As if COVID-19 hadn’t already disrupted higher education enough, Google’s most recent announcement throws more fuel on the fire. The tech giant will expand its Career Certificate Program to include at least three more types of jobs. Those jobs are data analyst, project manager, and UX designer. They already offer a Career Certificate for IT support specialist.
Notably, no degree is required to take part in the program. On top of that, Google will treat these certificates as equivalent to a four-year degree in its own hiring for related jobs. The cost, always an issue when a four-year degree leaves many with a great deal of debt, is minimal. The individual certificates are expected to cost around $300 and take six months to complete.
Perhaps most striking because it gets to the heart of one of the biggest criticism of higher education, Google will offer a great deal of help in finding a job for those that complete the program. They will be expanding their IT Certificate Employer Consortium that allows those that complete a certificate to share their information with leading businesses who are hiring in those fields. Graduates will also be able to access resources that will help with the job search and to prepare for interviews. Even further, Google will offer apprenticeship programs for those that obtain their certificate, and, in the fall of this year, the IT support certificate will be available in many high schools in the U.S.
Finally, grants and scholarships will be made available by Google. They will provide 100,000 need-based scholarships to complete the certificate training and are committing $10 million to nonprofits and workforce boards to help fund job training programs.
"College degrees are out of reach for many Americans, and you shouldn't need a college diploma to have economic security," Kent Walker, senior vice president of global affairs at Google, wrote in a blog. "We need new, accessible job-training solutions--from enhanced vocational programs to online education--to help America recover and rebuild."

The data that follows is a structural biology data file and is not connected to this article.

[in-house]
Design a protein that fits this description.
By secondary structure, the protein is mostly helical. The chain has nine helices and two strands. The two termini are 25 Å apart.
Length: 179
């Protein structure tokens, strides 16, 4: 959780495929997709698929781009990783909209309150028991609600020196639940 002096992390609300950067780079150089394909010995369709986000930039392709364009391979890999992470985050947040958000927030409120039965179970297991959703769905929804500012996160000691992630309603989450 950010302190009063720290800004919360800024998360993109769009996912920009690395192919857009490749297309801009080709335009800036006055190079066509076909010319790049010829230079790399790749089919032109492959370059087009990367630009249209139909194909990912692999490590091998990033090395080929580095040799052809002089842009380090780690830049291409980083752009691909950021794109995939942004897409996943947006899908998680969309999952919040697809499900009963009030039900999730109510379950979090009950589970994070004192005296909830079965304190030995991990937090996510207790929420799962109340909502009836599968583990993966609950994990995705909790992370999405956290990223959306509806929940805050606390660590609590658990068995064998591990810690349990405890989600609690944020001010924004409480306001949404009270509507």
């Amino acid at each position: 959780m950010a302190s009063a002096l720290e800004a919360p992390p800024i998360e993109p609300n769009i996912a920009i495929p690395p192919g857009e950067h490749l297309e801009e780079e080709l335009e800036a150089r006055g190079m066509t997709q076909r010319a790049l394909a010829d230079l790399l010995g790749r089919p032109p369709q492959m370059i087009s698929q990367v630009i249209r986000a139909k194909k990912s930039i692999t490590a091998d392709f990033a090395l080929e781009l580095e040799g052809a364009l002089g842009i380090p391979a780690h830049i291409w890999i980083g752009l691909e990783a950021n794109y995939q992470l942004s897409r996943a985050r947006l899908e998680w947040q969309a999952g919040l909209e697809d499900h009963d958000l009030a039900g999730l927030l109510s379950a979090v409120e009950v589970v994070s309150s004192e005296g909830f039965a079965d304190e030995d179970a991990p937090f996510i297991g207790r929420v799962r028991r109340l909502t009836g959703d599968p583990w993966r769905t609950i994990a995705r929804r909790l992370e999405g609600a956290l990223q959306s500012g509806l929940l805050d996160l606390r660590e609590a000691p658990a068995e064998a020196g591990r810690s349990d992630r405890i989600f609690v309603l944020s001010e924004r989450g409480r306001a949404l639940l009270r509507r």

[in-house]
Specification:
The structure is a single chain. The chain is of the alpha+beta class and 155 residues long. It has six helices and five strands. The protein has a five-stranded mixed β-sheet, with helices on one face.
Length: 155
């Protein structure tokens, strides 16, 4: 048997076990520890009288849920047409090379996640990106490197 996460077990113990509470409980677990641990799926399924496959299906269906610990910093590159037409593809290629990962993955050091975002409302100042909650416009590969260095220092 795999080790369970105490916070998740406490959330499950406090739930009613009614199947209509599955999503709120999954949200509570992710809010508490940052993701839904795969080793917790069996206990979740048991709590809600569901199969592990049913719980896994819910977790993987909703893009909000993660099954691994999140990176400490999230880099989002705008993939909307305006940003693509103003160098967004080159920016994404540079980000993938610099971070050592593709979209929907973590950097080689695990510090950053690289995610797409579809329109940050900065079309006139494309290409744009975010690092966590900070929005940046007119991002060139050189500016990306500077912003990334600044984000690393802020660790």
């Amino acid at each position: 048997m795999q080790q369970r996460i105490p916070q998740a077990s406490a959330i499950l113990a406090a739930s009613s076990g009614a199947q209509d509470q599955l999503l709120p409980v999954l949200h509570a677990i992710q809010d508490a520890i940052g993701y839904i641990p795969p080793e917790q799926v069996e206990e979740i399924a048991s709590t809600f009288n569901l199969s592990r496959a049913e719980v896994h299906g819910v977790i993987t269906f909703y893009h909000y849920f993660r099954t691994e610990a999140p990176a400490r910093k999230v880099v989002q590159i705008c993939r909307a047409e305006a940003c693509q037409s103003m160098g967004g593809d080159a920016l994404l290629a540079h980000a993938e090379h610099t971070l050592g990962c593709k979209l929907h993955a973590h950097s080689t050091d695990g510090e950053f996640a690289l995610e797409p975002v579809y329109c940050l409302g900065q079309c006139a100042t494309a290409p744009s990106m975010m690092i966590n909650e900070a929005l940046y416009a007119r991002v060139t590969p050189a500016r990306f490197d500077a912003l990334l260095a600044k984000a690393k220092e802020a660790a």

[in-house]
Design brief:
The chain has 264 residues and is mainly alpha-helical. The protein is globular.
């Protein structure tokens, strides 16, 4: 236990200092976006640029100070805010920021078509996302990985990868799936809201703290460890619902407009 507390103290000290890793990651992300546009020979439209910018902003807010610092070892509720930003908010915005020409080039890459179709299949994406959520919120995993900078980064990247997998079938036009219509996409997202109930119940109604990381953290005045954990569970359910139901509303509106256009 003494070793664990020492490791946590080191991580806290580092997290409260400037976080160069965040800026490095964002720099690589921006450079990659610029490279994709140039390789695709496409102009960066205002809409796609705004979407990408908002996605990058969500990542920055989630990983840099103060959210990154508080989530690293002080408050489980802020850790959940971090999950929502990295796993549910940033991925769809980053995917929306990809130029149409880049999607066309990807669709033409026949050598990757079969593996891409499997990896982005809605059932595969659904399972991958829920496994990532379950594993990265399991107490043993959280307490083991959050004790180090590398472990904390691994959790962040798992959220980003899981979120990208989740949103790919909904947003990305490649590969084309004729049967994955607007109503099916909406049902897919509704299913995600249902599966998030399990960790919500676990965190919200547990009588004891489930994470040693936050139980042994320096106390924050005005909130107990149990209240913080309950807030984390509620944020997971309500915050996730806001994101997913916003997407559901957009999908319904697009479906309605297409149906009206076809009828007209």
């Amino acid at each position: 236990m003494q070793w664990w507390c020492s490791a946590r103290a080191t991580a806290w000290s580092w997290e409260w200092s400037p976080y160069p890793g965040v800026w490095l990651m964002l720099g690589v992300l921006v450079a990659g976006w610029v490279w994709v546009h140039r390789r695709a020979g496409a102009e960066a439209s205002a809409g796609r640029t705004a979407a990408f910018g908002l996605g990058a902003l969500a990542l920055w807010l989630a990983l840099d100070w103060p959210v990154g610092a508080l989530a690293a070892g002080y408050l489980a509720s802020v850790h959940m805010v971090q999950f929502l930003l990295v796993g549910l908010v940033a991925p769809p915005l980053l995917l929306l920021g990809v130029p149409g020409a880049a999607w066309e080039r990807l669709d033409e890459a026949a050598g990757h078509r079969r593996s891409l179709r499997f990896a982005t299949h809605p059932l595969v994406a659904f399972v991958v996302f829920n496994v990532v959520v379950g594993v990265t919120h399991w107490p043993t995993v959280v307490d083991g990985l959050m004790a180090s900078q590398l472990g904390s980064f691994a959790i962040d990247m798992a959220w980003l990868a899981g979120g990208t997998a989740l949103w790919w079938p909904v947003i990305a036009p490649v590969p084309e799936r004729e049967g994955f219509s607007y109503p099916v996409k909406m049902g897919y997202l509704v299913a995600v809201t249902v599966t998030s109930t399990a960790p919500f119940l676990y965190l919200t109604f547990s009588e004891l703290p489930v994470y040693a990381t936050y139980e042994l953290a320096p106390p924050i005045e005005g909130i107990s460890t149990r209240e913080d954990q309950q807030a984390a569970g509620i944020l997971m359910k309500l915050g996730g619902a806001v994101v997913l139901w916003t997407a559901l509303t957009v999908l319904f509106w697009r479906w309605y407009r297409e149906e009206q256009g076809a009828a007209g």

This news will not be well received by many colleges and universities who have seen their revenue fall off a cliff during the ongoing pandemic. Many schools that have trying to open back up have been forced to switch to remote learning. Sports and events being canceled, combined with dorms closing, have also weakened the lure to attract students. It’s projected that schools could lose 20% of their students for this academic year.
There have also been detractors in the tech industry. The chief scientist for software engineering at IBM, Grady Booch, who is considered a legend in his field, tweeted his criticism.
“So @google, in so doing you will produce a generation of disposable developers who will have no understanding of the ethics of computing, the history of computing, the theoretic underpinnings of computing, or the ability to learn how to learn, Booch tweeted.
It’s probably a combination of these views that will win the day. It’s not entirely necessary for someone to have a four-year degree to be a developer while, at the same time, a course that takes just six months to complete is not equal to a four-year degree at a university. Those two thoughts can coexist and both can still be true